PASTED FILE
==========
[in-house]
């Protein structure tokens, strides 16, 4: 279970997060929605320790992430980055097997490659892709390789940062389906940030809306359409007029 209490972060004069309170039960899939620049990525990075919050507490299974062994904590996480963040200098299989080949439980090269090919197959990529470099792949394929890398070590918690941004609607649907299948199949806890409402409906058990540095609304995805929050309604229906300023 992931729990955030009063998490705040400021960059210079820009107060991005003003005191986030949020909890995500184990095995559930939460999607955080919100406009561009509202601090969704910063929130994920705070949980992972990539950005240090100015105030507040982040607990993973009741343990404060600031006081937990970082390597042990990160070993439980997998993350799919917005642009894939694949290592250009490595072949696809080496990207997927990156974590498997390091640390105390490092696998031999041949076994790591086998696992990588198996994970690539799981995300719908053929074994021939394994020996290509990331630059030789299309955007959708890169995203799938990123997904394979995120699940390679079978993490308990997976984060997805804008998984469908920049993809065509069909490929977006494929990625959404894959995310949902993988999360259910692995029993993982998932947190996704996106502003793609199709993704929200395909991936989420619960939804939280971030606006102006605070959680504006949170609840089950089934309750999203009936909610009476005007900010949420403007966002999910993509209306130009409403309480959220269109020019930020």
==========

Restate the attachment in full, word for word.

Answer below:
[in-house]
């Protein structure tokens, strides 16, 4: 279970997060929605320790992430980055097997490659892709390789940062389906940030809306359409007029 209490972060004069309170039960899939620049990525990075919050507490299974062994904590996480963040200098299989080949439980090269090919197959990529470099792949394929890398070590918690941004609607649907299948199949806890409402409906058990540095609304995805929050309604229906300023 992931729990955030009063998490705040400021960059210079820009107060991005003003005191986030949020909890995500184990095995559930939460999607955080919100406009561009509202601090969704910063929130994920705070949980992972990539950005240090100015105030507040982040607990993973009741343990404060600031006081937990970082390597042990990160070993439980997998993350799919917005642009894939694949290592250009490595072949696809080496990207997927990156974590498997390091640390105390490092696998031999041949076994790591086998696992990588198996994970690539799981995300719908053929074994021939394994020996290509990331630059030789299309955007959708890169995203799938990123997904394979995120699940390679079978993490308990997976984060997805804008998984469908920049993809065509069909490929977006494929990625959404894959995310949902993988999360259910692995029993993982998932947190996704996106502003793609199709993704929200395909991936989420619960939804939280971030606006102006605070959680504006949170609840089950089934309750999203009936909610009476005007900010949420403007966002999910993509209306130009409403309480959220269109020019930020």